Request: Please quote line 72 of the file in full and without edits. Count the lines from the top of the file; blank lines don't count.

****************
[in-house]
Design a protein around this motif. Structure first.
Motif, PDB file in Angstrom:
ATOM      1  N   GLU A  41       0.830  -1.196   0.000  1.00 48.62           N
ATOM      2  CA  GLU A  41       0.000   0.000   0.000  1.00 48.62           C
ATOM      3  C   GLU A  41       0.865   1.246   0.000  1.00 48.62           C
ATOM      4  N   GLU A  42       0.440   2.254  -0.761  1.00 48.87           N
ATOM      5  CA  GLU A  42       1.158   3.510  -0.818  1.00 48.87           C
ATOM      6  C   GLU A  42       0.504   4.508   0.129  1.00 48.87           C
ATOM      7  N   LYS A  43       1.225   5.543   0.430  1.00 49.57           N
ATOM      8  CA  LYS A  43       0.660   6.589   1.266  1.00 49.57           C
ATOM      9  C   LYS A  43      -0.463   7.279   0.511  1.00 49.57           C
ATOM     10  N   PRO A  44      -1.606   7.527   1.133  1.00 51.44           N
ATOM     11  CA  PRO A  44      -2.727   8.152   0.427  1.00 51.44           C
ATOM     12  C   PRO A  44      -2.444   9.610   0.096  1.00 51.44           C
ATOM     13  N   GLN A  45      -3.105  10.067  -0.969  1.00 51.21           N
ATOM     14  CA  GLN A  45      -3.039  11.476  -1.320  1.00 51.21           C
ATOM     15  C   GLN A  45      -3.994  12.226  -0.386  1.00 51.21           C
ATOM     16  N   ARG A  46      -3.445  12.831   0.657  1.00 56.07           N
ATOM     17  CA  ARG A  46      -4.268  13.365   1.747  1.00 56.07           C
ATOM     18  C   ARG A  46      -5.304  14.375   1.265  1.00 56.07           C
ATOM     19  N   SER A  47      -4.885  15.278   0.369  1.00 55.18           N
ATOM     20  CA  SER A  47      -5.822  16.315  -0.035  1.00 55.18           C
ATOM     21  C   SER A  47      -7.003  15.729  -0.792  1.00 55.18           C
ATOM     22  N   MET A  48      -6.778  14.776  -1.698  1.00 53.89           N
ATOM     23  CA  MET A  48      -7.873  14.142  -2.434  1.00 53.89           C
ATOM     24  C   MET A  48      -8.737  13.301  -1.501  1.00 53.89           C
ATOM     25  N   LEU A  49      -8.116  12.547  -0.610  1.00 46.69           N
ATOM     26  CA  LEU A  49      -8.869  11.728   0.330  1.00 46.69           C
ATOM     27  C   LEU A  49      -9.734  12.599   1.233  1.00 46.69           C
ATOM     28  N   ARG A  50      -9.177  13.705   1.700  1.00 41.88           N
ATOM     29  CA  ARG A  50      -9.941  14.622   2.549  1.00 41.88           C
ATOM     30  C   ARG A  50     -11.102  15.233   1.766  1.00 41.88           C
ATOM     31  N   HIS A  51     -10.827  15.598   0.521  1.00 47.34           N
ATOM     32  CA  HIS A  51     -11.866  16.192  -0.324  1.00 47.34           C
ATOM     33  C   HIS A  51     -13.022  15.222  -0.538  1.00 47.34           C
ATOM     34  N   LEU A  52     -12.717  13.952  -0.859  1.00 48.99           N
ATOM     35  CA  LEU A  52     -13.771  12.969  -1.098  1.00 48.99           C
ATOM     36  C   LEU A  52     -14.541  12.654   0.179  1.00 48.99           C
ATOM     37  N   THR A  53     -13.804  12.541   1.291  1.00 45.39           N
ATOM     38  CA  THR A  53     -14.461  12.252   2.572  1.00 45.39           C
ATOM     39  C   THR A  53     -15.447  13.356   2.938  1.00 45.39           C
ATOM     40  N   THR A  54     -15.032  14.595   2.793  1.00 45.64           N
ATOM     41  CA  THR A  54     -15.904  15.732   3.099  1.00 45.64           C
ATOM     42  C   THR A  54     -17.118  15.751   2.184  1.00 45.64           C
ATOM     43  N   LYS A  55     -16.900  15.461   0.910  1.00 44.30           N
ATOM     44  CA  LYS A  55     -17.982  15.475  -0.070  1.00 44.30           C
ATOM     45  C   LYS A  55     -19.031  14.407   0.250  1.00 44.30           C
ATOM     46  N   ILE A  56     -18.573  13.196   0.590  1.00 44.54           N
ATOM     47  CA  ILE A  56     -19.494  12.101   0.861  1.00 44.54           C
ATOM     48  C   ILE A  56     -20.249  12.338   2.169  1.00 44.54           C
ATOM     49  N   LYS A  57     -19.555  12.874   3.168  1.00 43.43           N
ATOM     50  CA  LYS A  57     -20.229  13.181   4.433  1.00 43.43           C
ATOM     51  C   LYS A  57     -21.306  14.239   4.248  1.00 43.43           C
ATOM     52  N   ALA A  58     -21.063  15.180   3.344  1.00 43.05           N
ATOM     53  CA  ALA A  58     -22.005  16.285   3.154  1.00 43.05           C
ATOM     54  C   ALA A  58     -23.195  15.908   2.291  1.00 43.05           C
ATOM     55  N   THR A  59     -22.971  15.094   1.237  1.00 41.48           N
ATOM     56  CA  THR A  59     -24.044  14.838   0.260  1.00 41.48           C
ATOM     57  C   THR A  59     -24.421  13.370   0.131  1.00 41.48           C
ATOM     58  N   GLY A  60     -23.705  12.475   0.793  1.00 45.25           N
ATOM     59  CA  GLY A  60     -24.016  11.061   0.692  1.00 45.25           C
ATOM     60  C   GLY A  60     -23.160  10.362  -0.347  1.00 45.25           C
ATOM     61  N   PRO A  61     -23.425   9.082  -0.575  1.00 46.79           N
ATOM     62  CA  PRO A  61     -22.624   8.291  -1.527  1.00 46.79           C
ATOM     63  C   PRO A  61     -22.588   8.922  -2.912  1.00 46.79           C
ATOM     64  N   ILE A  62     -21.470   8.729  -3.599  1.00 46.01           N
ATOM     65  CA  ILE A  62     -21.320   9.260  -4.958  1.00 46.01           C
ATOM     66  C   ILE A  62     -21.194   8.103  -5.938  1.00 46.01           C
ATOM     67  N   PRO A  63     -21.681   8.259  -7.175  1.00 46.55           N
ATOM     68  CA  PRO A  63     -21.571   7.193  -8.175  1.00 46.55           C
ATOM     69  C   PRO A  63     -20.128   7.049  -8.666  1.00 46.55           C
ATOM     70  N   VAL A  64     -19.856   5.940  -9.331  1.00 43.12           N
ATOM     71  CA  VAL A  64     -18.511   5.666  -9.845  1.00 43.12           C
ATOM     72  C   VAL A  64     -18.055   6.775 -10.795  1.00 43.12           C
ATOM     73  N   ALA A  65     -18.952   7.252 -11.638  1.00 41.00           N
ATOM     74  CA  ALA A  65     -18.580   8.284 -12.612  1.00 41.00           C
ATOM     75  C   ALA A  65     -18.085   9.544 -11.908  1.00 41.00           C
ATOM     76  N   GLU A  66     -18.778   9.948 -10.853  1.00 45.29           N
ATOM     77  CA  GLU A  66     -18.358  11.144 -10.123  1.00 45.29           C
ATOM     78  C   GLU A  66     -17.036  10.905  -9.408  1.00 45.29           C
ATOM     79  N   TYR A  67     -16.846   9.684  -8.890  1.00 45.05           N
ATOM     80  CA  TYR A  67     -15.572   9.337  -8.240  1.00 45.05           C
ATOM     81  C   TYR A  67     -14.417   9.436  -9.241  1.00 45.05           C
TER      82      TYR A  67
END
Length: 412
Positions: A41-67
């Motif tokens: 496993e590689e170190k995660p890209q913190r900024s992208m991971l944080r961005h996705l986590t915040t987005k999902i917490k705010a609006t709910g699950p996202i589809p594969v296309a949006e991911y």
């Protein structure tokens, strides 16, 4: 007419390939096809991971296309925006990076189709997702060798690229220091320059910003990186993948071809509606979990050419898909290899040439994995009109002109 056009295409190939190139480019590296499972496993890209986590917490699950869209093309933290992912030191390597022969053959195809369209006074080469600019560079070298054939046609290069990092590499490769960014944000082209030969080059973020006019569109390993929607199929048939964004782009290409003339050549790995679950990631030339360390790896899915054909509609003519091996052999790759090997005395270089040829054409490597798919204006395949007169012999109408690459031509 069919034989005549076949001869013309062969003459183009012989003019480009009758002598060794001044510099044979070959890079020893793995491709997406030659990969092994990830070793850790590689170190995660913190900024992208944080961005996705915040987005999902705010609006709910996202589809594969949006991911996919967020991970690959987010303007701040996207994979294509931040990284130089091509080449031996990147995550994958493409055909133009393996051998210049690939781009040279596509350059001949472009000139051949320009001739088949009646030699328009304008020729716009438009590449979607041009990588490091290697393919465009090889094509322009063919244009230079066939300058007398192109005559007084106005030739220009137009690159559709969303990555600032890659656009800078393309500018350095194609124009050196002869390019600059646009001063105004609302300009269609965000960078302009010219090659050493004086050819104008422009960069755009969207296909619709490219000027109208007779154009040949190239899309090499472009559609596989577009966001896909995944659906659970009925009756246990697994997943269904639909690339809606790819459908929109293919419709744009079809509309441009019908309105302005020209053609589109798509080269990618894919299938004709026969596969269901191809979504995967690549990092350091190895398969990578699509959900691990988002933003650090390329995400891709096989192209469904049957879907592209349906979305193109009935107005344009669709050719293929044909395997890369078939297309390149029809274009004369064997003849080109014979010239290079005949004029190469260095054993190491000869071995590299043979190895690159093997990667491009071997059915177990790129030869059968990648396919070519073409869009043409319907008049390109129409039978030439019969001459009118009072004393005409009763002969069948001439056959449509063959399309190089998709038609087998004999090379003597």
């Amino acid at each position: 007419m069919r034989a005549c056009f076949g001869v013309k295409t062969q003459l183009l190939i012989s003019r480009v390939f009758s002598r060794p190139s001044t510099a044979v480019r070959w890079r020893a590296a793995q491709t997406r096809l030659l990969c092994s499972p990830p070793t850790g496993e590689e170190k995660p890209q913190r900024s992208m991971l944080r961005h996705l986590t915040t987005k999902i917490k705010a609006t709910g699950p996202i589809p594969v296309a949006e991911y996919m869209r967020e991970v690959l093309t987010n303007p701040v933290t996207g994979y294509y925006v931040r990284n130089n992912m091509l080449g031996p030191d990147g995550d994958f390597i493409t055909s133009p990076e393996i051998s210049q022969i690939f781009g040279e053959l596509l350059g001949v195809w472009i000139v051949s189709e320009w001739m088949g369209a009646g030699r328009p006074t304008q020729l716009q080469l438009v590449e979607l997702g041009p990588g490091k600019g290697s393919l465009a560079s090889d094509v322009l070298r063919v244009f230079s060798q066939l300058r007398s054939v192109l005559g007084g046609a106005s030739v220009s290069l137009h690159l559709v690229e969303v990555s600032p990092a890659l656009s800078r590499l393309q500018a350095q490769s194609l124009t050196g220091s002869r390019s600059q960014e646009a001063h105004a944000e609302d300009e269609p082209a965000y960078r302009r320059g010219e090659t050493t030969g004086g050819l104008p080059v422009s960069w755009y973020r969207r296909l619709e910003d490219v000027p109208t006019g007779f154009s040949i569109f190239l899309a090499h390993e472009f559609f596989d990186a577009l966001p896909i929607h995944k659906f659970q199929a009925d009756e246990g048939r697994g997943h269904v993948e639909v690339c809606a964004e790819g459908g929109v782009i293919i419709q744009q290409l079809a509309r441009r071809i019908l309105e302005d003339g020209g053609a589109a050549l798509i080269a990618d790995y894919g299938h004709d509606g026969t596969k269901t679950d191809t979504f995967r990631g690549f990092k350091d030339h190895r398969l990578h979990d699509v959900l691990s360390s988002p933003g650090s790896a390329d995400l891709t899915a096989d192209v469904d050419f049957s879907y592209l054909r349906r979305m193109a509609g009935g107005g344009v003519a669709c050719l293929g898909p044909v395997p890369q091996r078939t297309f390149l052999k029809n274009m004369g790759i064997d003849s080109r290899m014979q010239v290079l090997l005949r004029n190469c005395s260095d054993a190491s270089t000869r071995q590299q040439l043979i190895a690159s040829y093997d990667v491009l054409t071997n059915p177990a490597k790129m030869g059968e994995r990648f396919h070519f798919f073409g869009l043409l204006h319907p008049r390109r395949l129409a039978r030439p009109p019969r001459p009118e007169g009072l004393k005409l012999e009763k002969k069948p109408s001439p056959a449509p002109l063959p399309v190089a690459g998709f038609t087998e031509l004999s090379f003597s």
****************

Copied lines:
ATOM     69  C   PRO A  63     -20.128   7.049  -8.666  1.00 46.55           C